Davis has filed reports with the Federal Bureau of Investigation and the Federal Trade Commission. He also called AARP, where he is a member, and the organization told him he is one of many and that they probably receive 1,000 calls each day of such scams being carried out on people his age.
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So far, Davis has not seen any progress from law enforcement agencies regarding his case. He says he believes they are "overwhelmed."
Davis has also found the same profile pictures used on the POF account that scammed him on numerous other accounts, and shared seven of them with FOX Business.
Davis says he has issued several complaints with POF over the ordeal, flagging the accounts he believes are fraudulent. When initially contacted by FOX Business, the dating site responded with a statement saying "the unfortunate reality is that scammers may pull at the heartstring and prey on those looking for love or connection — not just on dating apps but on all online platforms."
Plenty of Fish says it has several anti-fraud measures in place and removed the accounts flagged by Richard Davis. (Photo Illustration by Budrul Chukrut/SOPA Images/LightRocket via Getty Images / Getty Images)
The company said it has implemented several anti-fraud measures to help protect and support their users, including background checks with Garbo, a selfie verification feature, and an interactive safety center on the app that helps members educate and protect themselves.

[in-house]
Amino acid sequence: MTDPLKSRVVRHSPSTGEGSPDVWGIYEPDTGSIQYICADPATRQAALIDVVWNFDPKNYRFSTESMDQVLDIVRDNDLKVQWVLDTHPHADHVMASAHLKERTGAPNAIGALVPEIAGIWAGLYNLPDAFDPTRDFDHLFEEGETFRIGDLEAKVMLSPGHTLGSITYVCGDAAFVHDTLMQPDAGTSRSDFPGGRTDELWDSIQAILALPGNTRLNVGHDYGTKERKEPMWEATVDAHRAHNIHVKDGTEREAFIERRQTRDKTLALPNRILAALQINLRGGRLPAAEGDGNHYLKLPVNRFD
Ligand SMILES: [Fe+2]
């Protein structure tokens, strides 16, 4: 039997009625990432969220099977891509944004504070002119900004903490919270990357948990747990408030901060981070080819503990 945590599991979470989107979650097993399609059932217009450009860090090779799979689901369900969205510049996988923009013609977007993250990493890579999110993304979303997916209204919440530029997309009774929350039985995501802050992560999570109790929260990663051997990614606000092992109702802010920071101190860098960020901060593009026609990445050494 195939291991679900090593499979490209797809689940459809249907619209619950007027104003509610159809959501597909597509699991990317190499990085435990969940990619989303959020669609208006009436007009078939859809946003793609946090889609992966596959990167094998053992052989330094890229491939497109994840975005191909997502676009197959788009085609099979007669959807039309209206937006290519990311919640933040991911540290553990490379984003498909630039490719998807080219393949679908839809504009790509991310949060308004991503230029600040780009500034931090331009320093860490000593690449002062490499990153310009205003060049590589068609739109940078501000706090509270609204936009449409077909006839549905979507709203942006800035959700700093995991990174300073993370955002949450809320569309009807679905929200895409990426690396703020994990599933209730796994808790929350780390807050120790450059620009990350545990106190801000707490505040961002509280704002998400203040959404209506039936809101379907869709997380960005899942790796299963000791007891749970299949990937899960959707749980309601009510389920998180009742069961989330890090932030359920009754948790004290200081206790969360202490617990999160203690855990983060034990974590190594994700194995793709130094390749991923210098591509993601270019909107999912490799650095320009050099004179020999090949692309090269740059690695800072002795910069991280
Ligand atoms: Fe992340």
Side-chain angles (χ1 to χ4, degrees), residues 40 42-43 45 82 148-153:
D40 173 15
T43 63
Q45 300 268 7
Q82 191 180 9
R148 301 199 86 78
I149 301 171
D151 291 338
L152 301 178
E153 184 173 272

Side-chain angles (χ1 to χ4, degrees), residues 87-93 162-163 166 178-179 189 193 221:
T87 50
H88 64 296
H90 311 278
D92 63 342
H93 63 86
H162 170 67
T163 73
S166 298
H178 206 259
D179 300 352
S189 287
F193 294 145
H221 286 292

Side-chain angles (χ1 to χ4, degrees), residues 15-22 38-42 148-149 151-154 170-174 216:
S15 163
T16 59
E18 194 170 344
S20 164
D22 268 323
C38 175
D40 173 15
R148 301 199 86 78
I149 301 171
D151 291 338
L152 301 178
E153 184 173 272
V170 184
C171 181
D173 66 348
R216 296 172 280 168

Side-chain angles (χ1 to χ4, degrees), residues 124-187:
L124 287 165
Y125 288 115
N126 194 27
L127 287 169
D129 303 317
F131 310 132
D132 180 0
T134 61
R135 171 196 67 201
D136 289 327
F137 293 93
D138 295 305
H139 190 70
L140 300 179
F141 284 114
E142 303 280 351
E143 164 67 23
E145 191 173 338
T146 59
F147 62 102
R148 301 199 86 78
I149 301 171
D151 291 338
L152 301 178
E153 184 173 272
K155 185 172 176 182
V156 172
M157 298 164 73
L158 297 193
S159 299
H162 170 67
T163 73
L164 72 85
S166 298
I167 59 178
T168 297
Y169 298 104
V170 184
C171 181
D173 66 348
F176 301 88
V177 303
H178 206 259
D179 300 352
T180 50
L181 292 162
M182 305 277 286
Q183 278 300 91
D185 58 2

When presented with the seven account names Davis provided late last month, a POF spokesperson told FOX Business, "When we receive a report of this nature, our support team does its due diligence to investigate and immediately remove accounts that could be fraudulent. In response to Mr. Davis, I can confirm that accounts associated with this investigation have previously been banned."
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Davis called POF's claims that they protect members "nothing but smoke and mirrors." He believes the company should be held accountable for allowing scammers to target members and should have to pay up.
"These websites should be held responsible for my loss, and many, many others,'" Davis told FOX Business. "I would love to sue if I could get a lawyer, but I have no money anymore."